In many countries farmers face constraints in obtaining credit due to lack of capital, collateral or credit history as well as erratic cash flows. Value chain financing can alleviate some of these constraints by leveraging the relationships between actors in the value chain. Therefore reducing risks, costs and improving financial opportunities, giving access to finance, knowledge and collaboration. However, we should not forget the importance of aggregation and collaboration for these farmers. Cooperatives and associations hold a key in making much of this possible.

Last but not least, women! We know women deliver the highest return for social and development investment and still, today, we see a persistent 9 percent gender gap in financial inclusion in the developing world. And here again, the universality of the problem manifests itself! Globally, there is a $300 billion credit gap for women-owned SMEs, with 80 percent of women-owned SMEs worldwide stating being unserved or underserved.

During my country visits, I meet many women who work extremely hard and often tell me about the hurdles they have to face. In Pakistan, for example, most women have no access to financial services due to cultural norms and lack of connectivity, resulting in only 3 percent of women having a bank account. What does that mean for future generations, I wonder?

Here I would like to emphasize again the importance that digital financial services have for women. They can give women greater opportunities to work from their home or local villages; they can get out of villages, which is very important for women; they are affordable; they provide privacy; and they give them control over their personal finances. And that is sometimes the first step to empowerment!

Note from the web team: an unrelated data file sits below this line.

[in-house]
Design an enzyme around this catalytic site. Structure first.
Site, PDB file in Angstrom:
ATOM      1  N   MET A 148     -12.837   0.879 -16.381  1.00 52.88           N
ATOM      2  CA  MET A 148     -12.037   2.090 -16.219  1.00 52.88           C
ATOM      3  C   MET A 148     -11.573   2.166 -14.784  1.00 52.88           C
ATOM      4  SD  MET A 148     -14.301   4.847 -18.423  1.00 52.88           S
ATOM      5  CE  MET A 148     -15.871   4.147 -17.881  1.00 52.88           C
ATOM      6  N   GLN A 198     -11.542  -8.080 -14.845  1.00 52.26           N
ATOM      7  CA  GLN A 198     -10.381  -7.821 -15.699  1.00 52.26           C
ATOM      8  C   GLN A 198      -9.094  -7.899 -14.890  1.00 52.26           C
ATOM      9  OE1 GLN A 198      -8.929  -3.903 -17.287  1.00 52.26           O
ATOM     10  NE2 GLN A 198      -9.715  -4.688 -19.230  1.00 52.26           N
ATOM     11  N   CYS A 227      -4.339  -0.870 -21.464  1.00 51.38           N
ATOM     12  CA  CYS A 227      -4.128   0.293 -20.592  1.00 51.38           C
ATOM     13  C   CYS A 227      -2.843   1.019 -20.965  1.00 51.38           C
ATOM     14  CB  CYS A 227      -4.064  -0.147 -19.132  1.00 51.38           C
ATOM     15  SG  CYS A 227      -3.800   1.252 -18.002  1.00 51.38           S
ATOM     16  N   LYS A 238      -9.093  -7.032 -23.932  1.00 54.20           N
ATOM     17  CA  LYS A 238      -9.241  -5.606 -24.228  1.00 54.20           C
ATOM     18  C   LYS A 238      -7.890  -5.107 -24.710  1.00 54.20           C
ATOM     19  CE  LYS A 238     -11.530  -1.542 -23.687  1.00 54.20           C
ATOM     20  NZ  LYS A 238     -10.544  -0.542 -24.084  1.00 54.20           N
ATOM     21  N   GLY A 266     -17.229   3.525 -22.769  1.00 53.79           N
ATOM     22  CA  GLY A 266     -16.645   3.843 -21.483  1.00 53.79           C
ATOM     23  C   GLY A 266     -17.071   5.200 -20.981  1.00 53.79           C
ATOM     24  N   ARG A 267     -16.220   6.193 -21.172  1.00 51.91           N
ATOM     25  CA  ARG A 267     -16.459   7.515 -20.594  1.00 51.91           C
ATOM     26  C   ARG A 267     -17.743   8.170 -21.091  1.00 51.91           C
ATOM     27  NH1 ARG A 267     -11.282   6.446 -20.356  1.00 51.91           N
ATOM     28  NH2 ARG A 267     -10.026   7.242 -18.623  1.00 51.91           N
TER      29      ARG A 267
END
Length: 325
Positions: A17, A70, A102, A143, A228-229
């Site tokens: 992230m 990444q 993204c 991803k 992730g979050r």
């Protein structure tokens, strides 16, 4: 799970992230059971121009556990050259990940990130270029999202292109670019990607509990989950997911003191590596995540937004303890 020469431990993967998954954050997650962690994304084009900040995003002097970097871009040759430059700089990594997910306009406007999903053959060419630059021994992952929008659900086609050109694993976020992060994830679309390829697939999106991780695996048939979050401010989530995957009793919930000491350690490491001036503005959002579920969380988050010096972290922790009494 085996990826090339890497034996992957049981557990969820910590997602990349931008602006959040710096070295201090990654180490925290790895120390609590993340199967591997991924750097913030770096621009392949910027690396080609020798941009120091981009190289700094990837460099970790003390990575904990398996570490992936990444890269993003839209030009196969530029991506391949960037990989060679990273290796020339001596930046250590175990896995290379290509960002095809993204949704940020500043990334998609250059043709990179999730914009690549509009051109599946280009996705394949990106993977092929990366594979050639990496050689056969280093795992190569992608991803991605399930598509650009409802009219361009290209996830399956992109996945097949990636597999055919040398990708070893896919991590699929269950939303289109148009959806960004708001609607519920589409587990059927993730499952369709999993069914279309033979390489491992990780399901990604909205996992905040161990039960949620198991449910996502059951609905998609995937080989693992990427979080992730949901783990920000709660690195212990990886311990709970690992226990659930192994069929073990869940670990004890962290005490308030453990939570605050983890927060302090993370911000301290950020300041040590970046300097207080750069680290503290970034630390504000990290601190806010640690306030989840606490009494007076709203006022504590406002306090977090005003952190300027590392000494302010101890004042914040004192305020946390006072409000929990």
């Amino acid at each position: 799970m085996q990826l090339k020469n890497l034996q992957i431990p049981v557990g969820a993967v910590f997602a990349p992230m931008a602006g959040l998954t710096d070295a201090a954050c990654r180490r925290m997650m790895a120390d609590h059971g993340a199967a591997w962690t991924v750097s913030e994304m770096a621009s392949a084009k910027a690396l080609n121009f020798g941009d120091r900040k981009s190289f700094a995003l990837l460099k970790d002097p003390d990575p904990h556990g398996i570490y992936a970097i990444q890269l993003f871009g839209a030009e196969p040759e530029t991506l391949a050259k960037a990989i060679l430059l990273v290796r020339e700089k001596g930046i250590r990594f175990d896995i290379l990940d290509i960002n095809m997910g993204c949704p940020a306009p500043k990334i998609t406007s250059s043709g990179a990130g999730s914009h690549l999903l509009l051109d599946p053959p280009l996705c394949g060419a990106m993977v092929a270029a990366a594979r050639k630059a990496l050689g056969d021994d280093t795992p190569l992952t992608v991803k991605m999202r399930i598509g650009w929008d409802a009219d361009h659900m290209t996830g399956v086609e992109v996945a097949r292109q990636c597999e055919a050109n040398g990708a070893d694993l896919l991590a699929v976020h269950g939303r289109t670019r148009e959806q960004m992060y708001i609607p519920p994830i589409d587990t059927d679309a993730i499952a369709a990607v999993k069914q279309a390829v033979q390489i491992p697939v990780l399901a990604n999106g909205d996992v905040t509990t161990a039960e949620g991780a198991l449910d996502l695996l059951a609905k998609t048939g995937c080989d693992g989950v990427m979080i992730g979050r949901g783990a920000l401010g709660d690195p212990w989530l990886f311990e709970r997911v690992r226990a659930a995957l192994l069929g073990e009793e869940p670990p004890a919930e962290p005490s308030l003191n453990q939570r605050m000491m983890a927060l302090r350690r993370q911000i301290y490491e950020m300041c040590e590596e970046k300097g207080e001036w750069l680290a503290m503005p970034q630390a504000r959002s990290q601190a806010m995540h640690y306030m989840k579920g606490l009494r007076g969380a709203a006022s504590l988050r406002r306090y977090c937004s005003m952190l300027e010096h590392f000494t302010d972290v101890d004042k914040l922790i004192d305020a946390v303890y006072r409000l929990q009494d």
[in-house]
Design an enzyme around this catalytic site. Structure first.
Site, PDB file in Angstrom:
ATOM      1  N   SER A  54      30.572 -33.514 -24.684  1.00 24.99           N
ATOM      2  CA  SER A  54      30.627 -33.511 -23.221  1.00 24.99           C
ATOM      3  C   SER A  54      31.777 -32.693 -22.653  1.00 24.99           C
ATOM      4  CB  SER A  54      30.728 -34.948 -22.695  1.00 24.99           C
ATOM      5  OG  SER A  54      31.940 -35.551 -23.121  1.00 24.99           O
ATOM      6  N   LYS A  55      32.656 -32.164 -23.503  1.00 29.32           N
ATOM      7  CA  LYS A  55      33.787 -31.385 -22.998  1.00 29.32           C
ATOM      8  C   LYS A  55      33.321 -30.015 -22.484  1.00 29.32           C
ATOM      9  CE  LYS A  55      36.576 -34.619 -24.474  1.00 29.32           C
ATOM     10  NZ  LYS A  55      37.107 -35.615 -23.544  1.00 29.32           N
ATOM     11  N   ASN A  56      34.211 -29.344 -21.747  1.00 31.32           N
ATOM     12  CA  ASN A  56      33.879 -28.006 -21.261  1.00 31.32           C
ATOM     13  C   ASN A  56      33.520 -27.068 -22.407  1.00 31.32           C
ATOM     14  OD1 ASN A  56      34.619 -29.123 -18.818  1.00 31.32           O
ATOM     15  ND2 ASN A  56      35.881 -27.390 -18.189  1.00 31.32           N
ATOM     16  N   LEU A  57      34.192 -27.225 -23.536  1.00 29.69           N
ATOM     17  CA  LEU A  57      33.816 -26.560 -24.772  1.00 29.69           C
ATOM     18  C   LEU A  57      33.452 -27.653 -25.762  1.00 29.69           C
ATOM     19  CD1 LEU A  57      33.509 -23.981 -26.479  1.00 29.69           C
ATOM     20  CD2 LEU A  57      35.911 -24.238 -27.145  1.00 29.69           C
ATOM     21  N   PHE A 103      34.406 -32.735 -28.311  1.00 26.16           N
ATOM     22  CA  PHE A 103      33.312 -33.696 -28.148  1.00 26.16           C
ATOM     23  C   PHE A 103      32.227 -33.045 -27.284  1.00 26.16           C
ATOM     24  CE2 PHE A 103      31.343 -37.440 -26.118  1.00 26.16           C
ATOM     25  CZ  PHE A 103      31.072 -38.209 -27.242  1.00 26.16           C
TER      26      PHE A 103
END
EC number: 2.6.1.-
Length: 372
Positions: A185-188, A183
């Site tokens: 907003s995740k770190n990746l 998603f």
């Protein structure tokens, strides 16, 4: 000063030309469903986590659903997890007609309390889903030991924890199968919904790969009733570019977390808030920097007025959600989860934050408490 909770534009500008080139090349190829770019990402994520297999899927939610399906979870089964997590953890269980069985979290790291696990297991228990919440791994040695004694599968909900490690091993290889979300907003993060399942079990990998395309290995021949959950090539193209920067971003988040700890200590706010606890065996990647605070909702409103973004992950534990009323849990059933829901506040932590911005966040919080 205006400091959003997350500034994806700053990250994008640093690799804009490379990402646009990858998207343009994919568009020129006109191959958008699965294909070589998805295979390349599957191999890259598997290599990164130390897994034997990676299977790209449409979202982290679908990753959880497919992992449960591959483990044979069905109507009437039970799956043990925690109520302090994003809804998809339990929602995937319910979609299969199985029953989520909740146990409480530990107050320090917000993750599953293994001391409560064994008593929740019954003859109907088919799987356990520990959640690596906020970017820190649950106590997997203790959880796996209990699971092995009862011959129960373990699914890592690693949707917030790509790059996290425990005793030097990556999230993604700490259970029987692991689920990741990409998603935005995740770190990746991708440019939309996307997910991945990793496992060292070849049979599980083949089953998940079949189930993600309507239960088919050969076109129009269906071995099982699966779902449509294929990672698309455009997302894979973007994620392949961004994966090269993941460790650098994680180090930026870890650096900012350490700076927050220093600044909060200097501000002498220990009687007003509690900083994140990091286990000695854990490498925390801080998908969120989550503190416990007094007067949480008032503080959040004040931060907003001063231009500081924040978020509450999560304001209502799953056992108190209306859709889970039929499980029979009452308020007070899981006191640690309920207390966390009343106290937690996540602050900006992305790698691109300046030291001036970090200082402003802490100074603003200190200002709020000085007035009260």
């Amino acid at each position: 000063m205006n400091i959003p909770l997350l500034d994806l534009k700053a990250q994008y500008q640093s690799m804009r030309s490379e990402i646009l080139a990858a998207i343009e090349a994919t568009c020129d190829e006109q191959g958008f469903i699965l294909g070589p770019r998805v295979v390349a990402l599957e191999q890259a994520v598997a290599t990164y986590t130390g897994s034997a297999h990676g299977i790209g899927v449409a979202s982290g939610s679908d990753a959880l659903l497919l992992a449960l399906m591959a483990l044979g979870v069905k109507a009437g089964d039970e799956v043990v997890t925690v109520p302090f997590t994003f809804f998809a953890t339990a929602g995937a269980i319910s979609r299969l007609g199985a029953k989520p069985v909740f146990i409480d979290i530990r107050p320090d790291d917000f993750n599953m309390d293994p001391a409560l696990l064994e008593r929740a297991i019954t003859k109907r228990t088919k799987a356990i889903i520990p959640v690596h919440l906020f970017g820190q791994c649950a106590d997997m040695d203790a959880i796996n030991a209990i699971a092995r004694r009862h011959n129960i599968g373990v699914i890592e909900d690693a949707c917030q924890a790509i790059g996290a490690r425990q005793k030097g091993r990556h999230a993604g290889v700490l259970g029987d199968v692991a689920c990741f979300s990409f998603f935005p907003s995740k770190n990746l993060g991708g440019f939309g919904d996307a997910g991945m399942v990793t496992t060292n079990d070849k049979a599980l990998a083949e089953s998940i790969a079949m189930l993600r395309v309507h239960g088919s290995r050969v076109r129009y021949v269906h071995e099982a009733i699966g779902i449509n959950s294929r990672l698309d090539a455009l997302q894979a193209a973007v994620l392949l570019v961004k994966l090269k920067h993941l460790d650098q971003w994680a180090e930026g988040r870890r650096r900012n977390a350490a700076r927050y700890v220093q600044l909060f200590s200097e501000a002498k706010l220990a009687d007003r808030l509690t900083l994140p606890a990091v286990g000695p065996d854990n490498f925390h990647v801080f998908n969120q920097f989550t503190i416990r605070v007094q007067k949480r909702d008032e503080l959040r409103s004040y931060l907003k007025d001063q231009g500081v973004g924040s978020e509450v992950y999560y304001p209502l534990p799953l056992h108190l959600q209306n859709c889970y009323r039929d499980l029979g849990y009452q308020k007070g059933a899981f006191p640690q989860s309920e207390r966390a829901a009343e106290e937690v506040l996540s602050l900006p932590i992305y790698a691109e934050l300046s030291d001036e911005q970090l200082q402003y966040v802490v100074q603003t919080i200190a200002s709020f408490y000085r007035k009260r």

My third area of priority is ensuring financial inclusion is customer-centric.

As featured in recent GSMA and other reports, millions of people open mobile or traditional accounts but do not use them—they are completely dormant. Usage remains the most difficult piece of the puzzle. “One size fits all” does not work. All players, including financial service providers, policymakers, and regulators, need to understand customers’ actual needs. Not the tools, but the people themselves—consumers, entrepreneurs and investors—should be at the center of our attention.

For example, BTPN, an Indonesian Bank, developed a digital savings account for low-income segments, using human-centered design methodology. Customers can set targets for their saving level based on their aspirations. This product resulted in high level of usage by customers, currently with 350,000 active customers in just a few months.

In Pakistan I met with women who manage their own accounts, but instead of a PIN, some very difficult for illiterate women, they can use fingerprint identification to withdraw money. This and other examples show us that even the smallest details can make a big change in adoption.

Finally, the last thing we want is people getting harmed by financial services. Earning the trust of new consumers is crucial and this requires the commitment of financial systems to prevent abuses. For that we need to design financial education programs and consumer protection policies that can ensure that financial services are well understood and truly improve customers’ lives.

Ladies and gentlemen, the Sustainable Development Agenda is strongly marked by a broad recognition of the importance of financial inclusion. But to be able to reach the remaining 2 billion people who are unbanked and who are now invisible to economic progress, we will have to work hard and we will have work together. We need to learn from each other and we need to build partnerships. In the end, it does not matter who does it—the banks, the mobile companies, NGOs—as long as we all help by offering opportunities to people in a responsible, affordable and sustainable way.

Thank you so much.